|14 January, 2020

Boeing CEO's top task is to re-engineer culture

Calhoun’s immediate goal will be to get the MAX flying again

An employee works near a Boeing 737 Max aircraft at Boeing's 737 Max production facility in Renton, Washington, U.S. December 16, 2019.

An employee works near a Boeing 737 Max aircraft at Boeing's 737 Max production facility in Renton, Washington, U.S. December 16, 2019.

REUTERS/Lindsey Wasson

NEW YORK - “Not my circus, not my monkey” is the Polish idiom for saying not my problem. Boeing’s new chief executive, David Calhoun, can’t say that about disturbing messages released on Thursday. One said the grounded 737 MAX was “designed by clowns who in turn are supervised by monkeys.” They show a multi-year overhaul facing him – refocusing the firm from profit to engendering trust and making great planes.

Calhoun, who becomes CEO on Monday, knows the importance of a company’s culture. He had a front row seat at General Electric as former CEO Jack Welch turned the firm into a machine for churning out short-run profit. The long-run result has been a slow-moving disaster. The $100 billion firm’s stock has underperformed the S&P 500 Index starkly over the past two decades.

Many of the messages concern problems already dealt with. For example, Boeing wanted to minimize additional pilot training to fly the MAX. In a significant step on Tuesday, Boeing recommended simulator training for pilots. Others are griping typical of any big company.

There’s no escaping, however, that Boeing designed and produced a plane which crashed twice killing 346 people. An exchange on Boeing’s focus on low-cost suppliers and tight deadlines gets to the heart of the matter, “I don’t know how to fix these things...it’s systemic. It’s culture. It’s the fact we have a senior leadership team that understand very little about the business and yet are driving us to certain objectives.”

Calhoun’s immediate goal will be to get the MAX flying again. If that’s all he does, then Boeing’s future is bleak. A more sustainable fix is going back to its engineering roots, while spending less effort on finance, penny-pinching and swaying regulators. An engineering culture also tends to be blunt and addresses problems quickly. That’s not pleasant but it’s a good recipe if you want the public and regulators – in the United States and beyond – to trust and fly your planes.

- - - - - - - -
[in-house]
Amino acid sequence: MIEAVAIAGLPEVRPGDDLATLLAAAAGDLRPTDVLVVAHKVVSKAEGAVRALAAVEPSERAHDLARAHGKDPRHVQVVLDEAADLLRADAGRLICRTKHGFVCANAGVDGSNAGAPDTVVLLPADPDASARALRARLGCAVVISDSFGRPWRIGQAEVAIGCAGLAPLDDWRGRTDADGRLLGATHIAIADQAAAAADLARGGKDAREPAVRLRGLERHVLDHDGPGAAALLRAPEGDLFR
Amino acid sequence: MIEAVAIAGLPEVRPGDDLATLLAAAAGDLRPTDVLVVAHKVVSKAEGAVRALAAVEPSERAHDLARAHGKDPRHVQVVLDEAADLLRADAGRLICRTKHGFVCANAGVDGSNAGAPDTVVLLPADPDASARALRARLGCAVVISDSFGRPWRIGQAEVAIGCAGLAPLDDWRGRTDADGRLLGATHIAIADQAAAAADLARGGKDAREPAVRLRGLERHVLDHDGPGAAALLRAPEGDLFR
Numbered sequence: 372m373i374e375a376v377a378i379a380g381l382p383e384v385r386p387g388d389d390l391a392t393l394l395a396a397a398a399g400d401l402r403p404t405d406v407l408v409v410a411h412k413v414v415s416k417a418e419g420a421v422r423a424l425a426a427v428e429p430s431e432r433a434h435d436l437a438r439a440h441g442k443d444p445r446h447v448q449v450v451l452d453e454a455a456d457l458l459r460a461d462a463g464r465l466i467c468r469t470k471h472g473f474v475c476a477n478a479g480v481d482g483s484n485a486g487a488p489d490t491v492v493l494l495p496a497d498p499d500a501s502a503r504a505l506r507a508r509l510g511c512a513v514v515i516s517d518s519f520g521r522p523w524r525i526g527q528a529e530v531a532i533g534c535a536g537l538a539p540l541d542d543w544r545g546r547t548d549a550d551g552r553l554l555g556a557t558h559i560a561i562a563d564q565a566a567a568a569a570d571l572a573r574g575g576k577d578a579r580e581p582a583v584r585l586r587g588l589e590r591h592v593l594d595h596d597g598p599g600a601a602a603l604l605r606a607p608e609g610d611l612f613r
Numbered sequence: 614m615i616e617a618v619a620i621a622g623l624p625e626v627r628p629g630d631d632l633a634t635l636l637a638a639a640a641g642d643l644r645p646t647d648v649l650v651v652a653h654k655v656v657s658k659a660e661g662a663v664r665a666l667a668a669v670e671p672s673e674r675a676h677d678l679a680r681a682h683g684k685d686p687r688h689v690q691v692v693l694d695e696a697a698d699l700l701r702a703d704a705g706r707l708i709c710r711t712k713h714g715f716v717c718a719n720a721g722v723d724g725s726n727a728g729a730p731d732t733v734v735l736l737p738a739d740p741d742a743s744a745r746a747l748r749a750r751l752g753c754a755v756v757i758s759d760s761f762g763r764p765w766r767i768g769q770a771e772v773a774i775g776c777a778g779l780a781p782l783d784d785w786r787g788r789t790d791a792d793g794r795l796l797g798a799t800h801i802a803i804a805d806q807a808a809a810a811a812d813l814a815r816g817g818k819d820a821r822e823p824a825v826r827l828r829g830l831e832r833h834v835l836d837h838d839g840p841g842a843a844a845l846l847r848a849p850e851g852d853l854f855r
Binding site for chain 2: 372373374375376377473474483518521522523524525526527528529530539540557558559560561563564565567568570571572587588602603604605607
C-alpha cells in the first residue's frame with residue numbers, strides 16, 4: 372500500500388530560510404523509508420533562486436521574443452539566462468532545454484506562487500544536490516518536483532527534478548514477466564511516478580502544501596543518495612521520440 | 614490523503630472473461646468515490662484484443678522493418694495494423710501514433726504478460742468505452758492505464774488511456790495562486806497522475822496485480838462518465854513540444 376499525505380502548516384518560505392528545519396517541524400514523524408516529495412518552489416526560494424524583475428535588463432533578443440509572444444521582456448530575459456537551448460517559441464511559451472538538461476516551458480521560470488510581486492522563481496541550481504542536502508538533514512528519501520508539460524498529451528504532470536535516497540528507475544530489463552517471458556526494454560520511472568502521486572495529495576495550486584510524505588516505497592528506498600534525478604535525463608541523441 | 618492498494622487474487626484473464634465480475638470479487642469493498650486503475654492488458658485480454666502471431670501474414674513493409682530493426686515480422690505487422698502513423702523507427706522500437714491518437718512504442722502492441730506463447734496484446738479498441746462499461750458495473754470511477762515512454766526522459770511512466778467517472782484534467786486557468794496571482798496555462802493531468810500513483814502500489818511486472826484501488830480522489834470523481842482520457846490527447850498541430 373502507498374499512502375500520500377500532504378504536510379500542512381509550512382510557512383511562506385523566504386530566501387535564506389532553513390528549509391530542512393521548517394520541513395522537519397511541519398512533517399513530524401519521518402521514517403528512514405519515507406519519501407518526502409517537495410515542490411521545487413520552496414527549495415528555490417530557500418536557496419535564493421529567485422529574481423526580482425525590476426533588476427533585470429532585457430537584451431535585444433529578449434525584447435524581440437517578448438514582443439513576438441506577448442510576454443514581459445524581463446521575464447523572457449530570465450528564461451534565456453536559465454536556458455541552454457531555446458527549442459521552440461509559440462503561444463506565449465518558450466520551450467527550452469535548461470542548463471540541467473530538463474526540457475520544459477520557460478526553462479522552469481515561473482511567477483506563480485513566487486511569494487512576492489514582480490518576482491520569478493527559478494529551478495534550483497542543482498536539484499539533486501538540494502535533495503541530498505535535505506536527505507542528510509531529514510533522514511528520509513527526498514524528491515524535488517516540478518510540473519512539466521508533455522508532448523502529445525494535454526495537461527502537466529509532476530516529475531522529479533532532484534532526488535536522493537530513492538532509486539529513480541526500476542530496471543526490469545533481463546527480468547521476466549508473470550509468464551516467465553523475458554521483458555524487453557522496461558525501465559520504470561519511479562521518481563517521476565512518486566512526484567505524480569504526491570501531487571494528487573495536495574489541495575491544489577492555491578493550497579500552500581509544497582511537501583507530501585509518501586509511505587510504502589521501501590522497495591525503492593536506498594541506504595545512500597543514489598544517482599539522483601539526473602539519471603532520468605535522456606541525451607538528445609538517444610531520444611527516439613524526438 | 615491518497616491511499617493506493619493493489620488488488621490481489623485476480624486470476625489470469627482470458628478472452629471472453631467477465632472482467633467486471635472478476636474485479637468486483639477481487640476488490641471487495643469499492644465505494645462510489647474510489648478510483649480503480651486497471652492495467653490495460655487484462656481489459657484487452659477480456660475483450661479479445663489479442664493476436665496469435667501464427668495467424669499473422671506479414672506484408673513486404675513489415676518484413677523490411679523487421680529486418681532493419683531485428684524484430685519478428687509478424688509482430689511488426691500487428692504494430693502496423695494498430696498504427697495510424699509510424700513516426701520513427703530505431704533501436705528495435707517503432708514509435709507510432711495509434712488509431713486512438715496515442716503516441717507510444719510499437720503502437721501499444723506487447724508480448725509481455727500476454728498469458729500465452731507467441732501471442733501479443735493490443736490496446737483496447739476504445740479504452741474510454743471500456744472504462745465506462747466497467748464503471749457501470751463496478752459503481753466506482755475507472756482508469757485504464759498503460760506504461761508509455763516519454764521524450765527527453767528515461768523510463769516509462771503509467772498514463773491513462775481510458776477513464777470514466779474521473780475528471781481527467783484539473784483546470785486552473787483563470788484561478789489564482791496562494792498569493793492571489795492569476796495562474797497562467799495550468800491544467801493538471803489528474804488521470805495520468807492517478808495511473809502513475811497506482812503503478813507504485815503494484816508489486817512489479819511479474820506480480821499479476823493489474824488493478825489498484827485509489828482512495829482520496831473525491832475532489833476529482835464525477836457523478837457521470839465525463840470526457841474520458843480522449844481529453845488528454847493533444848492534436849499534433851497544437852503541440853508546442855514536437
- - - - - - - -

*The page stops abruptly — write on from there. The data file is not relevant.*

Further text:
In addition to GE, Calhoun has experience dealing with troubled companies at Nielsen and as a Blackstone executive. While he’s shown an ability to turn around flabby businesses and deliver profit, that was never the problem at GE, and more importantly, Boeing. If he grabs the yoke on Monday and talks about serious culture change he may be on the right flight path.

CONTEXT NEWS

- David Calhoun becomes chief executive of Boeing on Jan 13.

- On Jan. 9, the company released internal messages about the development of the 737 MAX. Many of the messages were critical of the company, the plane, and the Federal Aviation Administration. One message said the plane was “designed by clowns who in turn are supervised by monkeys.”

- The FAA grounded all MAX planes in March following two crashes that killed 346 people. The plane is still not allowed to fly.

- Boeing gave the messages to the FAA in December, and provided copies to the Senate Committee on Commerce, Science, and Transportation and the House Committee on Transportation and Infrastructure. Boeing said it released the messages publicly at the encouragement of the two committee chairmen.

- In a statement, Boeing said, “We regret the content of these communications, and apologize to the FAA, Congress, our airline customers, and to the flying public for them. We have made significant changes as a company to enhance our safety processes, organizations, and culture.”

(Editing by Jennifer Saba and Amanda Gomez)

© Reuters News 2020

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